This Shiv Ratri GB visits the 108 Shiv Temples of Kalna
Imagine you are staring at all the 108 Shiv Mandirs standing in the middle of the courtyard and even can view the Shivlingas present within the sanctum. Well this wonder is possible if you happen to visit the 108 Shiva Temples of Kalna. Built in 1809, the temples are constructed in two circles. One consists of 74 temples while the other circle has 34. The former has white marble and black stone Shivlingas, while the latter has only white marble ones. Due to its ingenious planning, all the Shivlingas can be seen from the centre of the temple complex.
Also known as the Navakailasha Temple, the complex is located in Bardhaman. It is believed that the Shivlingas in the outer circle represent the world we live in, while white symbolizes good deeds and black symbolizes sins. It is only through prayers to Lord Shiva that one gets to see the world filled with pure thoughts and deeds. Such a world is symbolised by the inner circle of the temples.
Not just for the temples, this place is also a photographer’s paradise. Ambika Kalna is also a picturesque temple town of Burdwan, an abode to astonishing works of terracotta. With an impeccable, semi-urban charm, this town attracts thousands of visitors daily from across the globe. It takes about 2 hours to reach the town via NH 19. There are also multiple trains from Howrah that take not more than 3 hours to reach Kalna.
MYSTERIOUS TEMPLE RUINS OF GOPIBALLAVPUR
Amidst fragrance of wild flowers strewn on red clayey paths, this town is steeped in heritage. The oldest among a series of temples that lends the name Temple Town to Kalna, happens to be the Lalji Temple. As per historical records, this temple was built by Queen Braja Kishori Devi and was opened for prayers in 1739. Red coloured bricks make up this exquisite temple, that is also adorned with marvellous terracotta figurines. If you thought only Bishnupur claims of terracotta works, you are wrong. A visit to Kalna was indeed an eye-opener about the rich sculptures of Bengal. The temple also has a unique characteristic feature, that of a roof with 25 distinct peaks.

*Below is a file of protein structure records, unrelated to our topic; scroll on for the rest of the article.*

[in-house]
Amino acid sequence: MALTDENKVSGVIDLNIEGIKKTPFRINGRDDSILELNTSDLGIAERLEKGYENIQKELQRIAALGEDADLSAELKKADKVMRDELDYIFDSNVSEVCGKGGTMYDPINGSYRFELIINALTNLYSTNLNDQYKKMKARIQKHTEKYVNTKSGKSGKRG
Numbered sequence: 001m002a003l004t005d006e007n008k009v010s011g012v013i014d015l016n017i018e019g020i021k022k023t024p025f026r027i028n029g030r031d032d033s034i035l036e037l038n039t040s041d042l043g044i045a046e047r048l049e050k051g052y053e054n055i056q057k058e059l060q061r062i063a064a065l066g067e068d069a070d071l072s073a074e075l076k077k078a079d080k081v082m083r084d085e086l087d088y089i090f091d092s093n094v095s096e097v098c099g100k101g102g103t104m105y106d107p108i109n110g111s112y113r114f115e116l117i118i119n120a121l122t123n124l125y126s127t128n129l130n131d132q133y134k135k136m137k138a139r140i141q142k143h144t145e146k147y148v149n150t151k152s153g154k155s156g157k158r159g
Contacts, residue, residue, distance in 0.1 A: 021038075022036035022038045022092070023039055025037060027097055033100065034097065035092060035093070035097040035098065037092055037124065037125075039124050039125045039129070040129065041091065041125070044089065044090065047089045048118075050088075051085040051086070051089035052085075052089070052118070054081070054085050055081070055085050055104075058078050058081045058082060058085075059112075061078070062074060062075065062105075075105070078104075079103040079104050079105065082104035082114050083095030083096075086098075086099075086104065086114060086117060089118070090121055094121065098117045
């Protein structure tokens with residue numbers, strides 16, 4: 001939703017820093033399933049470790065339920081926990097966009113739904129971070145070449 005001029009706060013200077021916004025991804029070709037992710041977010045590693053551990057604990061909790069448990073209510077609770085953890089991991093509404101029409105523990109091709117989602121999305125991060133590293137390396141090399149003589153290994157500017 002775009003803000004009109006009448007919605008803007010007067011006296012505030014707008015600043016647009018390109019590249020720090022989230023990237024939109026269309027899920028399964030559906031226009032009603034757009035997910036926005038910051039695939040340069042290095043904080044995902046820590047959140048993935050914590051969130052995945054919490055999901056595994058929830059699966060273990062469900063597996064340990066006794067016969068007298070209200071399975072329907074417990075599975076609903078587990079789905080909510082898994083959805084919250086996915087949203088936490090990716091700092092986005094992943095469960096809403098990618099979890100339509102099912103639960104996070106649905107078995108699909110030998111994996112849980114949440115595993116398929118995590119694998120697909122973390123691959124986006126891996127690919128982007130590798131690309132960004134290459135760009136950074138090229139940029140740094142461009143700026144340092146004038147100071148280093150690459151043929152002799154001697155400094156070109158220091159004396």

But arguably the most attractive spot of Kalna is the famous Nava Kailash Temple complex. Nava literally means ‘new’, and Kailash is mythologically considered as Lord Shiva’s home. The temple arena was constructed by King of Burdwan, Raja Tejchandra, in 1809. If you wish to explore more, there is no dearth of variety in terms of architectural splendour. The Kalna Rajbari boasts of some magnificent structures, the chief being Pratapeshwar Temple. The terracotta works on its four walls are the very best in terms of detailing. It was meticulously built by Ramhari Mistri in 1849, a master craftsman of that period. It is ornamented with gripping terracotta plaques visually summing up few of the episodes from the epic, Ramayana. But this Shiv Ratri do not miss the 108 temples of Kalna!